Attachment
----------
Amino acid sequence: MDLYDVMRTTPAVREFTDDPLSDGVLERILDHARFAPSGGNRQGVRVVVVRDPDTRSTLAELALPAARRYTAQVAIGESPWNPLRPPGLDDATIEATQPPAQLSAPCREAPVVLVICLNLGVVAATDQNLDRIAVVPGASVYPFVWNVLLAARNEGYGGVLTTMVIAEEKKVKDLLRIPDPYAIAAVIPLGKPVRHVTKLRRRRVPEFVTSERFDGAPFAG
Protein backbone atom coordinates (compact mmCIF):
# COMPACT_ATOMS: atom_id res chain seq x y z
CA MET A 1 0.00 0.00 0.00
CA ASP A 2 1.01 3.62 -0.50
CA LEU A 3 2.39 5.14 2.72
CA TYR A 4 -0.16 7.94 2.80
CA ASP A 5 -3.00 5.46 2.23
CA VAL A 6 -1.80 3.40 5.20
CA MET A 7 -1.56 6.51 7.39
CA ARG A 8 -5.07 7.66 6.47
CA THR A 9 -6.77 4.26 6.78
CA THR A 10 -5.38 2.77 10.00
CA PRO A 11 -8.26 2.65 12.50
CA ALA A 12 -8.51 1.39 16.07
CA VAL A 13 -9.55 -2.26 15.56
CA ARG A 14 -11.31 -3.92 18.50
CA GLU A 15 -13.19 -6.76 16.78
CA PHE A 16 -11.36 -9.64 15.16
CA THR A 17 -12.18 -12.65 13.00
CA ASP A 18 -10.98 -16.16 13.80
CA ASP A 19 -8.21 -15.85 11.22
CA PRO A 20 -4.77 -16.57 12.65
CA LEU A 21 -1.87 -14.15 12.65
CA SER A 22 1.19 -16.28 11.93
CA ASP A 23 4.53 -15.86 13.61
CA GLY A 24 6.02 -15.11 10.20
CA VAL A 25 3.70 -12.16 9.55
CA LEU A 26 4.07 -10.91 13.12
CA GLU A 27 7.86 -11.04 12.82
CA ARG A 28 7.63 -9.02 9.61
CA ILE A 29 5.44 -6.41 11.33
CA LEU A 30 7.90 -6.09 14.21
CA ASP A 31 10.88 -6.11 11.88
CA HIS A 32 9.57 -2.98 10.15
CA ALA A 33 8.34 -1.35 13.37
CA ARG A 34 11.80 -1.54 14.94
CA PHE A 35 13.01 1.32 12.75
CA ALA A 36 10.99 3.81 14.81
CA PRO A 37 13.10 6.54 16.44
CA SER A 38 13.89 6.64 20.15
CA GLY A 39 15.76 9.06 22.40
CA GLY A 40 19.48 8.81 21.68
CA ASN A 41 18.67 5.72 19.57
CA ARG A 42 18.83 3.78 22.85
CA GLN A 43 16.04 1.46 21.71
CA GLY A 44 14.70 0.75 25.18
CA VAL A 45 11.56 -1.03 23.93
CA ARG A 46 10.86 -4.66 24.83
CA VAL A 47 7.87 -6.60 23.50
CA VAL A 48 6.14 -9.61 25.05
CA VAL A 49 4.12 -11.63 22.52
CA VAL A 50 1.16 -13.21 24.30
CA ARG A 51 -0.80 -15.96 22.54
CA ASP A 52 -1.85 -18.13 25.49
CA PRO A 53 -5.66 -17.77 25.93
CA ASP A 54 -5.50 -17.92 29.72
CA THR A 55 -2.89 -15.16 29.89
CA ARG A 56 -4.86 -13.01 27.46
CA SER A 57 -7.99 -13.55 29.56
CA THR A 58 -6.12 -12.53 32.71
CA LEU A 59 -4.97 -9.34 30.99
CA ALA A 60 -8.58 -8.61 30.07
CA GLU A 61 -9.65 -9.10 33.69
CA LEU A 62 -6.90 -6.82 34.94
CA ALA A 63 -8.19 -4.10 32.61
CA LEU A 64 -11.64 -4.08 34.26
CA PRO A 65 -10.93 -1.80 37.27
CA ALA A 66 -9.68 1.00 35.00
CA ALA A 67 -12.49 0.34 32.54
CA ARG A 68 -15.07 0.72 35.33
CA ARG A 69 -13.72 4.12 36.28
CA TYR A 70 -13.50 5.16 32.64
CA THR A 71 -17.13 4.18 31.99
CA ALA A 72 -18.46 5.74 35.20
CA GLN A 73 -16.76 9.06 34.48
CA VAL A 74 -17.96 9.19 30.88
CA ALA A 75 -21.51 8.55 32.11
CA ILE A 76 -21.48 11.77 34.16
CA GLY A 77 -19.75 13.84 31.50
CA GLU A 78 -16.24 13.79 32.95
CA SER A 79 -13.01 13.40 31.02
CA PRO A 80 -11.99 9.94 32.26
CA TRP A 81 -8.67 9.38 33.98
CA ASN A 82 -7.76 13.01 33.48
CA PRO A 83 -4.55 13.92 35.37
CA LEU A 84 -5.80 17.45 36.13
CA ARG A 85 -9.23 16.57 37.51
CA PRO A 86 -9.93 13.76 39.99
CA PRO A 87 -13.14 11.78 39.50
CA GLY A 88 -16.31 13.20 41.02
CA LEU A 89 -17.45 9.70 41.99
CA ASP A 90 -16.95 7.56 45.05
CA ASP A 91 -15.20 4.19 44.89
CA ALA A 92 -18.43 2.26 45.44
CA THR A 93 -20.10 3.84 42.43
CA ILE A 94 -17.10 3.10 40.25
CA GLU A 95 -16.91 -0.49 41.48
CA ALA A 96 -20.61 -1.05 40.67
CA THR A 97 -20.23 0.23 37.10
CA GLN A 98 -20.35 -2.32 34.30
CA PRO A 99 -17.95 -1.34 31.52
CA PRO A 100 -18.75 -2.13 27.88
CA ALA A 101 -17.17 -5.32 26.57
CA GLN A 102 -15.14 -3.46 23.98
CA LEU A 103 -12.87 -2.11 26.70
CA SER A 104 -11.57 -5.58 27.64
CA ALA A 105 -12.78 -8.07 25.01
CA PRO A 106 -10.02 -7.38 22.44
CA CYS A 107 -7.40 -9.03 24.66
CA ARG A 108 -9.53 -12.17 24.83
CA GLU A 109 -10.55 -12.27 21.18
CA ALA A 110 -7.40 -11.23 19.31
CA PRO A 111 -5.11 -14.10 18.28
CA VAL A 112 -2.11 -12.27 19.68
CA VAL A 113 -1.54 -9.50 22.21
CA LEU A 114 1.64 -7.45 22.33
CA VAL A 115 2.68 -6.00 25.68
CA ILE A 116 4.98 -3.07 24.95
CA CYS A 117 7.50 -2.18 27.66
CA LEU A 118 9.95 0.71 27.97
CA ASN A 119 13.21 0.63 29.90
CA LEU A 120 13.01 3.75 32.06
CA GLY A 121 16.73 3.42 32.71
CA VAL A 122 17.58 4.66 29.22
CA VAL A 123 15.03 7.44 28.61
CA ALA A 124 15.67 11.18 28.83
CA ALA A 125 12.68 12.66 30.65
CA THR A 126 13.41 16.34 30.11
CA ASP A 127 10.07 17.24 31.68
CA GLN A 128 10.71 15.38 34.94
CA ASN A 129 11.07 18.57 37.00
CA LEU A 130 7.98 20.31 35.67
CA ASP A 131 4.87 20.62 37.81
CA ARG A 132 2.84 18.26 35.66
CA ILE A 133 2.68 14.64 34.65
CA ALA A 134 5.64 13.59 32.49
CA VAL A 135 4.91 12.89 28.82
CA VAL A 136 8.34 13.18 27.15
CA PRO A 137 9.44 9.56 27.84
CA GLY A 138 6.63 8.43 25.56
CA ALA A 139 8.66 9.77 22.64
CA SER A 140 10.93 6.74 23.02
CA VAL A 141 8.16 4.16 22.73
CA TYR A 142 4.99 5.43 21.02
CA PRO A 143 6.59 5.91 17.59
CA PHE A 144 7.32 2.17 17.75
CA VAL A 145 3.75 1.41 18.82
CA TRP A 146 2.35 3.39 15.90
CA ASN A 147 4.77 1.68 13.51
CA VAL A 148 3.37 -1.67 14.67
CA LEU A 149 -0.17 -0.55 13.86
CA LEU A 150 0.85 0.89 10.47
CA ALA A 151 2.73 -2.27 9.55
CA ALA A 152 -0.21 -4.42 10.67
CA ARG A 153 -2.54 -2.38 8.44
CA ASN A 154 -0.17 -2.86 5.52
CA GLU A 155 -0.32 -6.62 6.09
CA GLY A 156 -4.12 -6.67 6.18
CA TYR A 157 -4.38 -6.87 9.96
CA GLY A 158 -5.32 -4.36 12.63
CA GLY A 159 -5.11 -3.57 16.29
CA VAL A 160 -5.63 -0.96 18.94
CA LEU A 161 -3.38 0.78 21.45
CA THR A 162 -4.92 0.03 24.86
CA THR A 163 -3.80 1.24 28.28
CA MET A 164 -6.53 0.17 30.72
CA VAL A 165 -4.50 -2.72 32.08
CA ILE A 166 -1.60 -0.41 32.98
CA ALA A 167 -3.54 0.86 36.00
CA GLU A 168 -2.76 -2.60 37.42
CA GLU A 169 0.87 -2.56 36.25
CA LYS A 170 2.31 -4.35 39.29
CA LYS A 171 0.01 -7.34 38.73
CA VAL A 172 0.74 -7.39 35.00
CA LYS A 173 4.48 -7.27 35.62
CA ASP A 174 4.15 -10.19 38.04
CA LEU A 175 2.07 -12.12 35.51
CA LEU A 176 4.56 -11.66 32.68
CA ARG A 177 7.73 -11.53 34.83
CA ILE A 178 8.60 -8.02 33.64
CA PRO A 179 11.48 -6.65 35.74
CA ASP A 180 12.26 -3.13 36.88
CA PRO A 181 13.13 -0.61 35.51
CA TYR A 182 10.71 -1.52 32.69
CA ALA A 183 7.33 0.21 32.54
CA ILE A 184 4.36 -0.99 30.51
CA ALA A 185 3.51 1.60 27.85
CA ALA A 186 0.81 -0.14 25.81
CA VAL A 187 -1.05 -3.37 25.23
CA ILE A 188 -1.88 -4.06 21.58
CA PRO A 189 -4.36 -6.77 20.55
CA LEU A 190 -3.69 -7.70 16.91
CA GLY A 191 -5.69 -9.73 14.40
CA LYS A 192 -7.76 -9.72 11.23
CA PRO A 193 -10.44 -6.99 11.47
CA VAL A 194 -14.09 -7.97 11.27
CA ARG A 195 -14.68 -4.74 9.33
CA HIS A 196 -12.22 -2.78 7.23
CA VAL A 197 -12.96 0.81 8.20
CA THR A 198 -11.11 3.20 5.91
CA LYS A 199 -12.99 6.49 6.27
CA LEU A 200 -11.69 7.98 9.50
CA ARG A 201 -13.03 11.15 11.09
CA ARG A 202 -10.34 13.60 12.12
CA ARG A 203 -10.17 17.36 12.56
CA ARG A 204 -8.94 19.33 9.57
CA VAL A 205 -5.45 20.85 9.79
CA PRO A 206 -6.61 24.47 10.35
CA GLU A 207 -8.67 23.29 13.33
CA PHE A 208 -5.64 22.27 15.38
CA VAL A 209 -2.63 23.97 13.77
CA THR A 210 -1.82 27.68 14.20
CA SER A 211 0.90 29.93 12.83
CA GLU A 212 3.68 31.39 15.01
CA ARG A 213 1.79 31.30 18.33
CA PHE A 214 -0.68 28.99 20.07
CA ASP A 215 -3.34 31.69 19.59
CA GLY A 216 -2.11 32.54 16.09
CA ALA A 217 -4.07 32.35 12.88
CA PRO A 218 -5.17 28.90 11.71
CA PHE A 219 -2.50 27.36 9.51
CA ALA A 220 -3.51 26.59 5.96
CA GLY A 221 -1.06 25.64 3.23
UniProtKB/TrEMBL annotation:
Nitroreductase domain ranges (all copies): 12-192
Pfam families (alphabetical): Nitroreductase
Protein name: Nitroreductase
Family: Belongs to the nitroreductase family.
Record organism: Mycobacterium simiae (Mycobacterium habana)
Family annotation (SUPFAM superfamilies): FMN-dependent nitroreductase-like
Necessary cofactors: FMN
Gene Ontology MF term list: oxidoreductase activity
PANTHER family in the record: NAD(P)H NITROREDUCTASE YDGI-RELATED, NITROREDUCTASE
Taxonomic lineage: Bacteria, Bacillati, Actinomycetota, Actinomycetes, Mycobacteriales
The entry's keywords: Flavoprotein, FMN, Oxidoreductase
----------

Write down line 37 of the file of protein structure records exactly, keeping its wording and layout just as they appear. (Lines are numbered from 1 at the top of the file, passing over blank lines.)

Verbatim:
CA ARG A 34 11.80 -1.54 14.94